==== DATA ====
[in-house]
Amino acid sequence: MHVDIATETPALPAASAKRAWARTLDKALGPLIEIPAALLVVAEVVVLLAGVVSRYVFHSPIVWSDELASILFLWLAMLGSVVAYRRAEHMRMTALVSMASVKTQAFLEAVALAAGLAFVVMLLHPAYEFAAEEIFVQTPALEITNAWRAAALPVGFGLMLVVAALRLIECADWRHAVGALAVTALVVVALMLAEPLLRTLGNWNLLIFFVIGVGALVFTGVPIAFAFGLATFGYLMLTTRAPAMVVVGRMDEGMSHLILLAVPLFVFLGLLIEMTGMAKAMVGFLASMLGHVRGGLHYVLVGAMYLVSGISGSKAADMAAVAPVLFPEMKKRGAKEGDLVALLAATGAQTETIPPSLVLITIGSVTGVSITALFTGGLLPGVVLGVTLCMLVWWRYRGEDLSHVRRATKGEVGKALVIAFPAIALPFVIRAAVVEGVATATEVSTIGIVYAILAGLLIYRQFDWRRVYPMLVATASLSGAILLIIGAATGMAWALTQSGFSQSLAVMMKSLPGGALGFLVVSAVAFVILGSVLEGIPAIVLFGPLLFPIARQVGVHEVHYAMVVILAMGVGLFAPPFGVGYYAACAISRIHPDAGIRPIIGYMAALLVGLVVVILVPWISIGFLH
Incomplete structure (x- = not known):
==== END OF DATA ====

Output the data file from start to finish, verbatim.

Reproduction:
[in-house]
Amino acid sequence: MHVDIATETPALPAASAKRAWARTLDKALGPLIEIPAALLVVAEVVVLLAGVVSRYVFHSPIVWSDELASILFLWLAMLGSVVAYRRAEHMRMTALVSMASVKTQAFLEAVALAAGLAFVVMLLHPAYEFAAEEIFVQTPALEITNAWRAAALPVGFGLMLVVAALRLIECADWRHAVGALAVTALVVVALMLAEPLLRTLGNWNLLIFFVIGVGALVFTGVPIAFAFGLATFGYLMLTTRAPAMVVVGRMDEGMSHLILLAVPLFVFLGLLIEMTGMAKAMVGFLASMLGHVRGGLHYVLVGAMYLVSGISGSKAADMAAVAPVLFPEMKKRGAKEGDLVALLAATGAQTETIPPSLVLITIGSVTGVSITALFTGGLLPGVVLGVTLCMLVWWRYRGEDLSHVRRATKGEVGKALVIAFPAIALPFVIRAAVVEGVATATEVSTIGIVYAILAGLLIYRQFDWRRVYPMLVATASLSGAILLIIGAATGMAWALTQSGFSQSLAVMMKSLPGGALGFLVVSAVAFVILGSVLEGIPAIVLFGPLLFPIARQVGVHEVHYAMVVILAMGVGLFAPPFGVGYYAACAISRIHPDAGIRPIIGYMAALLVGLVVVILVPWISIGFLH
Incomplete structure (x- = not known):